There are a few issues that can arise from having tree roots exposed. For starters, children and adults alike are at risk of injury from tripping over tree roots that have been left in the ground. A tree's shallow roots will become more visible if the ground underneath it is frequently trodden upon.

    Regular gardening and turf maintenance are complicated by exposed tree roots. A weed whacker or lawnmower will have a hard time avoiding them, and you might even hit a root. The roots can rot if they are accidentally cut by the lawnmower.

    Unprotected tree roots can potentially cause problems for the tree. The tree's roots need to be sheltered from the elements and foot traffic by being covered with earth or mulch. Some homeowners also prefer to hide the roots since they are unsightly and they value the aesthetic value of their yard.

    How to Dig Up Tree Roots Without Ruining the Tree?

    There are situations when a person has a strong emotional attachment to a tree in their yard yet dislikes it because of the damage it is causing to their walkway or their plumbing. So the question becomes, how do you deal with them? Can you safely cut these roots out without killing the tree?

    To answer your question, yes. It is possible to cut back on the growth of the roots and then take steps to prevent them from returning. To begin, you'll need a water hose, a hand trowel, a wheelbarrow or tarp to transport the soil while you work, a root saw, and the components for constructing a root barrier (concrete, plastic or metal).

    Assuming you are prepared in every way, you should begin by using your hose to wet down the ground. The soil should be wet, but not soaked. Then, loosen the soil with the hand trowel and examine the roots. Cleaning up the area around the roots entails removing the soil and depositing it in a wheelbarrow or on a tarp. Try to do it with your bare hands if possible. Carefully use your root saw to cut the roots once the soil has been removed. Here are some rules to follow to protect the tree:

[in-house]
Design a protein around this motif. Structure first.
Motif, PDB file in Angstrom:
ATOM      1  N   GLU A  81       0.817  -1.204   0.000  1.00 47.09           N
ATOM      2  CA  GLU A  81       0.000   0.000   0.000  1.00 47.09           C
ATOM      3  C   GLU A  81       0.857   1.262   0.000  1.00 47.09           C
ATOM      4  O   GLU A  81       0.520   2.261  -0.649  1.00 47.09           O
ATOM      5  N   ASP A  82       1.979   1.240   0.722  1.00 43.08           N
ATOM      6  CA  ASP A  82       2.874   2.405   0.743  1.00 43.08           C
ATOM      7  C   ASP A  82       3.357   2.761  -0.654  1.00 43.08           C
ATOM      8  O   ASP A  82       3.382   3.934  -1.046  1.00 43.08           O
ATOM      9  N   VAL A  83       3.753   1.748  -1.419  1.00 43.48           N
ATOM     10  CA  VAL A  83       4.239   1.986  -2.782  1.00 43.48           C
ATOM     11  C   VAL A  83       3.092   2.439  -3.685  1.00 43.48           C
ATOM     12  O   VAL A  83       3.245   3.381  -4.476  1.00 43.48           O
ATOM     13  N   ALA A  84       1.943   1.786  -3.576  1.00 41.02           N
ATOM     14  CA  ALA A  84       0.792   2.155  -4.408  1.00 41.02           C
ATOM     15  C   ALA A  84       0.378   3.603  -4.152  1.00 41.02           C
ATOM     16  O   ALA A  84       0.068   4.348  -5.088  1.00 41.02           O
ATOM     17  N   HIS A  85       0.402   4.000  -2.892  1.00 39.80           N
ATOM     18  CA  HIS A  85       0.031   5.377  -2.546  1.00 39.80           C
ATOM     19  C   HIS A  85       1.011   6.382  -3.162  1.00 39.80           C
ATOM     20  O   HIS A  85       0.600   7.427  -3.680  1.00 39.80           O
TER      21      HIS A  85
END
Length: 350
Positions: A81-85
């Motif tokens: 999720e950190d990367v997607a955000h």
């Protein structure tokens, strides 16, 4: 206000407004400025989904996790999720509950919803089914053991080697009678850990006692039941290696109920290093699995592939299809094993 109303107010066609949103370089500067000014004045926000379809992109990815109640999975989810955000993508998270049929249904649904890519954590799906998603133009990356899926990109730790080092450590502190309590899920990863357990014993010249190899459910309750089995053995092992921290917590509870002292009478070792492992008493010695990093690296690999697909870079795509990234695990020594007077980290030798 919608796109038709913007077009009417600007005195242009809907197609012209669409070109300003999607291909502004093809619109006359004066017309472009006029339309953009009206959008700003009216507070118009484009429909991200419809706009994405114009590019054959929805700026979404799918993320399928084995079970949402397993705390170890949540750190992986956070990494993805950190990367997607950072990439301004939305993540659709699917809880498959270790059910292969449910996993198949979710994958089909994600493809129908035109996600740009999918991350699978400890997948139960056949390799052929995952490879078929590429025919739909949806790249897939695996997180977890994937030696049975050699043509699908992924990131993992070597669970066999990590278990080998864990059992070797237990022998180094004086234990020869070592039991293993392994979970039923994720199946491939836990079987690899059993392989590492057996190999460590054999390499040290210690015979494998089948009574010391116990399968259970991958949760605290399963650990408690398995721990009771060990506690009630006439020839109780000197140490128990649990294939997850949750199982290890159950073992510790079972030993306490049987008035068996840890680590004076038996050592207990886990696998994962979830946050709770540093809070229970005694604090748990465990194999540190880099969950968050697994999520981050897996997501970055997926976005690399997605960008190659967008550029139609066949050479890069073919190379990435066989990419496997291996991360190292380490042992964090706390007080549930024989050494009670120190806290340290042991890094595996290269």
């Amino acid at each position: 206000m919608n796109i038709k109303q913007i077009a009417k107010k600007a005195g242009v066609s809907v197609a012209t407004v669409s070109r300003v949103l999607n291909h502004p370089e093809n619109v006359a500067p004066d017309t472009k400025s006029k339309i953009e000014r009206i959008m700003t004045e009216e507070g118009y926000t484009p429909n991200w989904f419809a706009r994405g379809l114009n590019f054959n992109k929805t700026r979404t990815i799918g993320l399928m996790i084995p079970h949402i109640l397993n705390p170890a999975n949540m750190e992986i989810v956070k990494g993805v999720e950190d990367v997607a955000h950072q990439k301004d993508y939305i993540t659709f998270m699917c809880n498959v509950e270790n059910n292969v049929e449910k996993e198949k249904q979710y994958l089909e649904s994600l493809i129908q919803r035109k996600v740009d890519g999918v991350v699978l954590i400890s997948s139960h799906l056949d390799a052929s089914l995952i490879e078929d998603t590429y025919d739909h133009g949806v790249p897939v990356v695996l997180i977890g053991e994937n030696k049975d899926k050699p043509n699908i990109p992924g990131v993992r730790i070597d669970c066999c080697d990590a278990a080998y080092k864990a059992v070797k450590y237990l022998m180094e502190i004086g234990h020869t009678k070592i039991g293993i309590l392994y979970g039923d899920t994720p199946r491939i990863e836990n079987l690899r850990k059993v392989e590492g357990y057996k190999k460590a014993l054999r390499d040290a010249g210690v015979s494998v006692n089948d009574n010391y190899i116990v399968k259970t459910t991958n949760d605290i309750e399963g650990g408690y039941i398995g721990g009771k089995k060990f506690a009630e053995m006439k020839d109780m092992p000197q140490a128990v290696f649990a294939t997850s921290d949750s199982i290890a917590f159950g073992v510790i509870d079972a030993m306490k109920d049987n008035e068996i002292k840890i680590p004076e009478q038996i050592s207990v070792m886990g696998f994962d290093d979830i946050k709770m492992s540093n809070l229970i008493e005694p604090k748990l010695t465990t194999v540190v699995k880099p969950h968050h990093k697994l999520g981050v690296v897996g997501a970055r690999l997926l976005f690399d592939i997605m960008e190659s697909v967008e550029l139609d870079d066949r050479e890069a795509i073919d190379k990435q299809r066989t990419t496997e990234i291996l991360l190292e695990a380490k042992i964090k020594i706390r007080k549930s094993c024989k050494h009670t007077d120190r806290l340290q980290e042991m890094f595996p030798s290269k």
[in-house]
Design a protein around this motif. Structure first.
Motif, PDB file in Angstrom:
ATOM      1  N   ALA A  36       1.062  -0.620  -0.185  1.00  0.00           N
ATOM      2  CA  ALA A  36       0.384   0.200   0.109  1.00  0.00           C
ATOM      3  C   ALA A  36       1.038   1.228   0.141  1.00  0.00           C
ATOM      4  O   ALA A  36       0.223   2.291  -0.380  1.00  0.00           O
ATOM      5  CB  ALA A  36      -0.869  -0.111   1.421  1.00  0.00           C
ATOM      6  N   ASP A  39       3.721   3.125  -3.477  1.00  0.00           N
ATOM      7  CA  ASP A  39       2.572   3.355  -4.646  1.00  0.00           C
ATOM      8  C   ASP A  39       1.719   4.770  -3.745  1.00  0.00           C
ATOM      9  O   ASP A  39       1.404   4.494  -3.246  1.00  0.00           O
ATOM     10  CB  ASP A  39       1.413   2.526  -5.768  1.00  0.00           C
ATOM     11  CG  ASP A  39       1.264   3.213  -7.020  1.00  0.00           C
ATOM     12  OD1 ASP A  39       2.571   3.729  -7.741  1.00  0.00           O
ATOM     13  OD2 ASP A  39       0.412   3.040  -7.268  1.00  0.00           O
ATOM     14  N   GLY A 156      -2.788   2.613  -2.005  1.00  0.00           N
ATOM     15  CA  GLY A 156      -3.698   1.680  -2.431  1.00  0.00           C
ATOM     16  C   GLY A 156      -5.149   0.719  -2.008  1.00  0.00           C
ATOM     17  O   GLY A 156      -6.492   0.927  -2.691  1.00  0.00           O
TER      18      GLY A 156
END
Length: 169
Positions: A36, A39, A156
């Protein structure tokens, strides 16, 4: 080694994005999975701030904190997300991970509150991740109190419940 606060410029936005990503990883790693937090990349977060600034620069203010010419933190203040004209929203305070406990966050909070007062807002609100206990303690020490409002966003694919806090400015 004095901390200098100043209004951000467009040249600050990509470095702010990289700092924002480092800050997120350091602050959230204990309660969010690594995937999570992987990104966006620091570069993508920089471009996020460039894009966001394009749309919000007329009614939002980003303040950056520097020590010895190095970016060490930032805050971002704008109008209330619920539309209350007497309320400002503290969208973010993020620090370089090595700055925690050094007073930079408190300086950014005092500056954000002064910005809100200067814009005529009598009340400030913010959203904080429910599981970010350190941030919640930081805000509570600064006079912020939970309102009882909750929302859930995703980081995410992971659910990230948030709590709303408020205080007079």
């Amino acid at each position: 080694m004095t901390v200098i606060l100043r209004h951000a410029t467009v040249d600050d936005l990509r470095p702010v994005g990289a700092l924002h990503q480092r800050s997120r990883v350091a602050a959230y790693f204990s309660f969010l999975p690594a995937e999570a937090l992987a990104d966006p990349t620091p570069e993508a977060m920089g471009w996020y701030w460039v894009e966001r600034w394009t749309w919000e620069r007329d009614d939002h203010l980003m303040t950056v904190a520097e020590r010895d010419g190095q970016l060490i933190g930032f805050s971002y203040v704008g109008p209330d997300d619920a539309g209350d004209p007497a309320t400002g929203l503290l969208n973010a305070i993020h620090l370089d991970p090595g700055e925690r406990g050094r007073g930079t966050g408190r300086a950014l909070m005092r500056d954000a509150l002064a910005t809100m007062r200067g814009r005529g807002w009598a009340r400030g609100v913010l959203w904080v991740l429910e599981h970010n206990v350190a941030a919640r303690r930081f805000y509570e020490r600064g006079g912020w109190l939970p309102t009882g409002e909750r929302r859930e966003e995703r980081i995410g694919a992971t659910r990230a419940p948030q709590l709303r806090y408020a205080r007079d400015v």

• Never remove more than a third of the root system.
    • Take the circumference of the tree's trunk and multiply it by three. You can get that close to the trunk without causing any damage.
    • Take the circumference of the tree's trunk and multiply it by 3. You can get that close to the trunk without causing any damage.
    • The maximum amount that should be removed from one side is 25%.

    After you have clipped the roots, build a trench to divert them away from the area. Build a wall of plastic, concrete or metal at least 13 inches tall and 11 inches wide, then cover it with dirt. Water the ground by spraying it or patting it down to compact the dirt.

    Is It Better to Dig It Up or Bury It?

    Lawns with a lot of surface roots can be a major hassle. However, there are a variety of approaches that can be used to deal with them effectively. A tree's root system directly affects the tree's overall health, so taking care of it is essential. Water and nutrients are absorbed by the roots, which then transport them, the tree is anchored, and energy is stored in the roots to be used later.

    Our company, Arborilogical Services, Inc., advocates for measures that shield roots from damage. Root infections can get access to plants via wounds in the root system. Loss of root area can be extremely detrimental to a tree's health. The elimination of a troublesome root is, nevertheless, analogous to the elimination of a limb or branch in many respects.

    Counting the number of roots that need to be dug up is crucial. A tree's overall health should not be affected by the removal of one or two small surface roots, provided that the roots were removed correctly. However, if 30% of the root region is damaged or removed, the consequences might be catastrophic.

    Avoid performing any root pruning in the months leading up to or during our scorching summer. During these months, the tree places the greatest strain on its root system, while root regeneration is at its lowest. Roots are best worked on during the cooler months of fall and winter. And finally, if you have to trim some roots, do so carefully and precisely. Roots that have been torn or ripped apart grow new roots much more slowly than roots that have been cut cleanly.

    Roots near the surface can also be concealed. If soil erosion has exposed the roots, this is often the best course of action. Two to four inches of good, loose topsoil can be spread over the root zones. There could be certain negatives that should be taken into account. The drainage could become a concern if dirt is added. Too much soil can prevent the roots from getting the oxygen they require.